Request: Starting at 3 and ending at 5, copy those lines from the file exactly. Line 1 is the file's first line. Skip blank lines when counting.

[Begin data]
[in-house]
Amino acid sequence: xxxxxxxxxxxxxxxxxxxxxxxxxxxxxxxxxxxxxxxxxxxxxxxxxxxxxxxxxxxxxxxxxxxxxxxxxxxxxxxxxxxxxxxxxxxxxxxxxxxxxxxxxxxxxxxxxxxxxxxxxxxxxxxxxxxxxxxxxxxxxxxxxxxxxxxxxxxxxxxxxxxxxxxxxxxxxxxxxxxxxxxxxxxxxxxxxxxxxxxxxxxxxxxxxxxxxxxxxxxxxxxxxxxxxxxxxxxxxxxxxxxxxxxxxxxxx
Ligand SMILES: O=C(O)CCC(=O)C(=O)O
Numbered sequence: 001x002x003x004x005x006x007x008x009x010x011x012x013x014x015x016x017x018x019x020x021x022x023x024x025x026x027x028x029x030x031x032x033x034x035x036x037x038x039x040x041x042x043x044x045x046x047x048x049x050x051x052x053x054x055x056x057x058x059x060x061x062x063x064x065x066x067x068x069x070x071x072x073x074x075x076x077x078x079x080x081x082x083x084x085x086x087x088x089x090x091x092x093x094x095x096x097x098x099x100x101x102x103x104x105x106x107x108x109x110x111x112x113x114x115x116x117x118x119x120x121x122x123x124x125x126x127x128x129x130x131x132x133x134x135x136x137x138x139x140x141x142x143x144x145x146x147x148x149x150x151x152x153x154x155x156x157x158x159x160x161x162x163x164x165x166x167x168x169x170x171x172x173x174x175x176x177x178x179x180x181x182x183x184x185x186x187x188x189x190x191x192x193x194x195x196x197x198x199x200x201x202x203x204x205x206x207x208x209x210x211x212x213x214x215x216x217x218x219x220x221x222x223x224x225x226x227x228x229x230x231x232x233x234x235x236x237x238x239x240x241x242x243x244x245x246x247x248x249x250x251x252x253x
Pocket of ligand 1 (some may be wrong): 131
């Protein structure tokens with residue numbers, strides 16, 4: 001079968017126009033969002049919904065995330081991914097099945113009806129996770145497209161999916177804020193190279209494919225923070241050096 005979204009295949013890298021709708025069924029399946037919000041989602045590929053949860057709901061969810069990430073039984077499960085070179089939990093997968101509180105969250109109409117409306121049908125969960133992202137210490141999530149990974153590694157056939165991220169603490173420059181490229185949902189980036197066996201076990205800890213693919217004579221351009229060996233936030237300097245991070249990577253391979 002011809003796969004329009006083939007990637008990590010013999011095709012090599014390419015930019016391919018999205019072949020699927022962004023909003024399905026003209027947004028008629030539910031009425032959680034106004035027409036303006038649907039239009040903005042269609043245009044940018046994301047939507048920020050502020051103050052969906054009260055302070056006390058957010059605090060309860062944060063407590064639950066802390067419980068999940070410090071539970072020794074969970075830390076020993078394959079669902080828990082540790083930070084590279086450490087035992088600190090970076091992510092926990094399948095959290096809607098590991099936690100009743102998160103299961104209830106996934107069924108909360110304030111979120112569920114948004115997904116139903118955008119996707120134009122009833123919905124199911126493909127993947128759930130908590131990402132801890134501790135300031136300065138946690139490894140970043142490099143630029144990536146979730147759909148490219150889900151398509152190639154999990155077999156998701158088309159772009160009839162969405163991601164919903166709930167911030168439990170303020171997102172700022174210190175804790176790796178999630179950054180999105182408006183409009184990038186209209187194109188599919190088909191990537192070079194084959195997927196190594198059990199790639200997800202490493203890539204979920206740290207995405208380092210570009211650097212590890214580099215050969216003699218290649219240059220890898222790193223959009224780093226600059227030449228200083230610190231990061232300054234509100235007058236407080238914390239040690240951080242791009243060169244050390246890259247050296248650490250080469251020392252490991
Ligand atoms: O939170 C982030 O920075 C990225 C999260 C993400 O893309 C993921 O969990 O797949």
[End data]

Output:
Ligand SMILES: O=C(O)CCC(=O)C(=O)O
Numbered sequence: 001x002x003x004x005x006x007x008x009x010x011x012x013x014x015x016x017x018x019x020x021x022x023x024x025x026x027x028x029x030x031x032x033x034x035x036x037x038x039x040x041x042x043x044x045x046x047x048x049x050x051x052x053x054x055x056x057x058x059x060x061x062x063x064x065x066x067x068x069x070x071x072x073x074x075x076x077x078x079x080x081x082x083x084x085x086x087x088x089x090x091x092x093x094x095x096x097x098x099x100x101x102x103x104x105x106x107x108x109x110x111x112x113x114x115x116x117x118x119x120x121x122x123x124x125x126x127x128x129x130x131x132x133x134x135x136x137x138x139x140x141x142x143x144x145x146x147x148x149x150x151x152x153x154x155x156x157x158x159x160x161x162x163x164x165x166x167x168x169x170x171x172x173x174x175x176x177x178x179x180x181x182x183x184x185x186x187x188x189x190x191x192x193x194x195x196x197x198x199x200x201x202x203x204x205x206x207x208x209x210x211x212x213x214x215x216x217x218x219x220x221x222x223x224x225x226x227x228x229x230x231x232x233x234x235x236x237x238x239x240x241x242x243x244x245x246x247x248x249x250x251x252x253x
Pocket of ligand 1 (some may be wrong): 131